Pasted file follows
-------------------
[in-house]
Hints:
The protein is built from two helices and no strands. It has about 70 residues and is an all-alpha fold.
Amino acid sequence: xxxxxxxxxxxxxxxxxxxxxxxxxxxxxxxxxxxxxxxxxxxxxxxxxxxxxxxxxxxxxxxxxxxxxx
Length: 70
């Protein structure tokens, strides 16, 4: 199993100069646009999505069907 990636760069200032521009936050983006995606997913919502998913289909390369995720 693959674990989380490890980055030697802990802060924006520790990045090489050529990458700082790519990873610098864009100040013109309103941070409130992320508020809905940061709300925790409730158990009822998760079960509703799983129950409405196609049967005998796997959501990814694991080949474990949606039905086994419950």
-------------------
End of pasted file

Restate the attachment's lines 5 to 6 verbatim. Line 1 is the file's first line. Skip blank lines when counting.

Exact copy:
Length: 70
């Protein structure tokens, strides 16, 4: 199993100069646009999505069907 990636760069200032521009936050983006995606997913919502998913289909390369995720 693959674990989380490890980055030697802990802060924006520790990045090489050529990458700082790519990873610098864009100040013109309103941070409130992320508020809905940061709300925790409730158990009822998760079960509703799983129950409405196609049967005998796997959501990814694991080949474990949606039905086994419950």